Traveler: Fadi El Halabi
To: United States
Exchange Type: Arts & Professional Exchange
Launched in 1940, the IVLP is a two-day to three-week professional exchange program for recent and emerging foreign leaders. IVLP advances U.S. foreign policy objectives by providing firsthand knowledge about U.S. society, culture, and politics to participants as they cultivate professional relationships. The IVLP also creates opportunities for business, professional, and academic collaboration. Every project includes home hospitality and cultural activities.
Fadi became disabled at the age of 18 months when meningitis damaged his spinal cord and he began using a wheelchair. After pursuing his career and building a strong network, Fadi began championing disability rights.
Since his adolescence when his country was emerging from Civil War, Fadi expressed an interest in civic activism. “When I saw many people engaged in different causes in our society, I was attracted to this. I felt that I needed to be a part of this movement.” Fadi got involved with his church and worked to increase access for individuals with disabilities to practice with their faith community. He also worked with a group to advance a nonviolent mindset in society and to fight sectarianism.
Fadi has always believed that he could accomplish whatever he put his mind to. He wanted to become a psychologist. “In 2003, he earned his master’s degree in clinical psychology with an emphasis in couples counseling. Around 2007, he heard of the opening of a new television station looking for a host – a dream job according to Fadi. Using connections with the station managers, he arranged a meeting that facilitated the realization of his dream. From 2007 to 2011 Fadi hosted a talk show called Tawasol, which means communication and connection in Arabic. He also aspired to become a great wheelchair salsa dancer. In 2015, he and his nondisabled partner won the World Latin Dance Cup in Miami.
“Before this I always looked for ways that I could adapt to the system, but I never considered that the system itself needed to be changed.”
In 2006, Fadi took a profound interest in disability issues when invited to participate in the conference of the World Council of Churches (WCC). At that time, he was almost 30 years old. Organizers asked him to create and head a Middle East affiliate of the Ecumenical Disability Advocates Network (EDAN), a -based disability organization that advocates for the rights and dignity of people with disabilities around the world. His focus area would include Lebanon, Jordan, and other surrounding countries. Disability awareness in the Middle East was limited. Few universities took steps to provide reasonable accommodations and injustice against people with disabilities occurred at many levels. Through his activism, Fadi sought to empower others to act on these issues.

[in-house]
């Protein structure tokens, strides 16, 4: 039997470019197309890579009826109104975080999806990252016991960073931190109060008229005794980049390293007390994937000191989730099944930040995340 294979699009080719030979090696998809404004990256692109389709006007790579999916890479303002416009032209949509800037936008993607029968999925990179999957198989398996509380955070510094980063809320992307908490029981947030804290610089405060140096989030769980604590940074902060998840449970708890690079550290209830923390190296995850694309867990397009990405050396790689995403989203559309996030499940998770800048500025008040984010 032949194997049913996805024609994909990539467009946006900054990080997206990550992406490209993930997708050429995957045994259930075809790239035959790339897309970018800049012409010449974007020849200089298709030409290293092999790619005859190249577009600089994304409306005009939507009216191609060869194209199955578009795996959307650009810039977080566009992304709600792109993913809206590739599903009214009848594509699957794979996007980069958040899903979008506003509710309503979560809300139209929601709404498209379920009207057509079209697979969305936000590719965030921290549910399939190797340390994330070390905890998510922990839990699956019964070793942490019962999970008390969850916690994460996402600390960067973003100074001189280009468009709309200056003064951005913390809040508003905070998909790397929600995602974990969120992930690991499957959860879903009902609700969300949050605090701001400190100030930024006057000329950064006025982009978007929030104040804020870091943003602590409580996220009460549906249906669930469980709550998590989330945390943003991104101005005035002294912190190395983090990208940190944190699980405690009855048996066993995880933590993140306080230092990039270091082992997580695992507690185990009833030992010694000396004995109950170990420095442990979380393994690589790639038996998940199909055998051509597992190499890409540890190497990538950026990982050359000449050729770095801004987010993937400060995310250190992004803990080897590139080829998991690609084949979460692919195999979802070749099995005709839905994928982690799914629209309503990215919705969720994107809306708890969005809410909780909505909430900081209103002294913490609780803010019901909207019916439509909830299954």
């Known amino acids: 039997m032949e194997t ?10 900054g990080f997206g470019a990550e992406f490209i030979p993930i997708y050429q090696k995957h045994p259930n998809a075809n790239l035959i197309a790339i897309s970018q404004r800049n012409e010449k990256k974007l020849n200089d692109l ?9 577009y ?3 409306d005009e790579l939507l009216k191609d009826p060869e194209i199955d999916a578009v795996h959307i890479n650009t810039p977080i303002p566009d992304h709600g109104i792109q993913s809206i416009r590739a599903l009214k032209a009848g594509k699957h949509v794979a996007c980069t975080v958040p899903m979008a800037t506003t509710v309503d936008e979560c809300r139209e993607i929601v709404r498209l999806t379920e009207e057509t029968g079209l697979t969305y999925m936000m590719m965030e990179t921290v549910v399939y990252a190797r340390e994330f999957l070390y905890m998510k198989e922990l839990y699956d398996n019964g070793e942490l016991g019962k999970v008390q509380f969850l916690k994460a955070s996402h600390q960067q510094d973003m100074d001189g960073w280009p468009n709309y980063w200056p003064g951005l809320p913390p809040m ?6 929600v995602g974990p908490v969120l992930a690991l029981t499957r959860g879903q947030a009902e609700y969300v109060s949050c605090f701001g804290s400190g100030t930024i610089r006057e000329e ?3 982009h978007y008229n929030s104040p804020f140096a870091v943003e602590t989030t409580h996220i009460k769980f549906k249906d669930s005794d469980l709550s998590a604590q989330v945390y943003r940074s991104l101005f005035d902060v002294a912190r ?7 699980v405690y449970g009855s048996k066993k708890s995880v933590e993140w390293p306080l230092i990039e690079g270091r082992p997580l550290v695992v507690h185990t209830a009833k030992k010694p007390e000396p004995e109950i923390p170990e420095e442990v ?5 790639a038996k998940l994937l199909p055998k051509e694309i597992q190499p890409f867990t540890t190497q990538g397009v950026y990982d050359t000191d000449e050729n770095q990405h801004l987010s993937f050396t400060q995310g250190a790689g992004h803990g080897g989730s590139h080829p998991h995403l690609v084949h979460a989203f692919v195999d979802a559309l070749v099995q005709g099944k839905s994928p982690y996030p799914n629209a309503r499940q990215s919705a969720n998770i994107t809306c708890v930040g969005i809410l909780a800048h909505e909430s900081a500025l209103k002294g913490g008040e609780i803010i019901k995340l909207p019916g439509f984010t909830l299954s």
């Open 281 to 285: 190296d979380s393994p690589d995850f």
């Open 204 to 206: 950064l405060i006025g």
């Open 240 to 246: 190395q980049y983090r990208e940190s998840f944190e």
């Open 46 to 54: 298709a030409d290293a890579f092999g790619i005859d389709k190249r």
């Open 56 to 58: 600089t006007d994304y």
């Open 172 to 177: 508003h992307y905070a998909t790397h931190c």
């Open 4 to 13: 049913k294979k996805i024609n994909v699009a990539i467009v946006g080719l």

“That was the first time that I was exposed to disability and human rights, and I had to do a lot of work to equip myself to understand what it means to be a disability advocate.”
The United States Embassy Public Affairs Section (PAS) in Beirut recognized his efforts and invited him to participate in an IVLP in 2011. However, his talk show duties prevented him from accepting the invitation until the second email invitation from PAS in 2017.
“I received an invitation by email with an application which I submitted, and then I was chosen to participate in the program.”
That year, he traveled to the United States for his three-week IVLP along with a group of three other Lebanese leaders. They visited Washington, DC, Chicago Illinois, Portland and Eugene, Oregon, which is the home city of the Mobility International USA (MIUSA) office.